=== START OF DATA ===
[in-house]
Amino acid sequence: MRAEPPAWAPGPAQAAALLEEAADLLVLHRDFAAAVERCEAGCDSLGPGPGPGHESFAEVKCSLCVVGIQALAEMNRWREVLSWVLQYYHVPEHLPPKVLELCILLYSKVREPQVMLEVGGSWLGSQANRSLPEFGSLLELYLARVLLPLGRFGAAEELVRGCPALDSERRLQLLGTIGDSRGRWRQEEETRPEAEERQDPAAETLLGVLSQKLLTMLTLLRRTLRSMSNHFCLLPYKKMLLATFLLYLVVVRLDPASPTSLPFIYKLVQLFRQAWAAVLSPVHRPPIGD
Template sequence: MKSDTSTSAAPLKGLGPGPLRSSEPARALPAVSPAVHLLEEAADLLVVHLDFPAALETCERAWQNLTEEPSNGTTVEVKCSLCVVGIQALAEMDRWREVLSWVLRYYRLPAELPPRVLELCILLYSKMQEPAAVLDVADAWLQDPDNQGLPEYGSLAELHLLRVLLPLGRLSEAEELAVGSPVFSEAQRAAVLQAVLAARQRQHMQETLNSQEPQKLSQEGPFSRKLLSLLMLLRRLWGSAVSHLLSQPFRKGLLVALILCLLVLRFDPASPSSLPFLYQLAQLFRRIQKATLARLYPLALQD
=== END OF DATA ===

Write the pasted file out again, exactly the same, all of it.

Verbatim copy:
[in-house]
Amino acid sequence: MRAEPPAWAPGPAQAAALLEEAADLLVLHRDFAAAVERCEAGCDSLGPGPGPGHESFAEVKCSLCVVGIQALAEMNRWREVLSWVLQYYHVPEHLPPKVLELCILLYSKVREPQVMLEVGGSWLGSQANRSLPEFGSLLELYLARVLLPLGRFGAAEELVRGCPALDSERRLQLLGTIGDSRGRWRQEEETRPEAEERQDPAAETLLGVLSQKLLTMLTLLRRTLRSMSNHFCLLPYKKMLLATFLLYLVVVRLDPASPTSLPFIYKLVQLFRQAWAAVLSPVHRPPIGD
Template sequence: MKSDTSTSAAPLKGLGPGPLRSSEPARALPAVSPAVHLLEEAADLLVVHLDFPAALETCERAWQNLTEEPSNGTTVEVKCSLCVVGIQALAEMDRWREVLSWVLRYYRLPAELPPRVLELCILLYSKMQEPAAVLDVADAWLQDPDNQGLPEYGSLAELHLLRVLLPLGRLSEAEELAVGSPVFSEAQRAAVLQAVLAARQRQHMQETLNSQEPQKLSQEGPFSRKLLSLLMLLRRLWGSAVSHLLSQPFRKGLLVALILCLLVLRFDPASPSSLPFLYQLAQLFRRIQKATLARLYPLALQD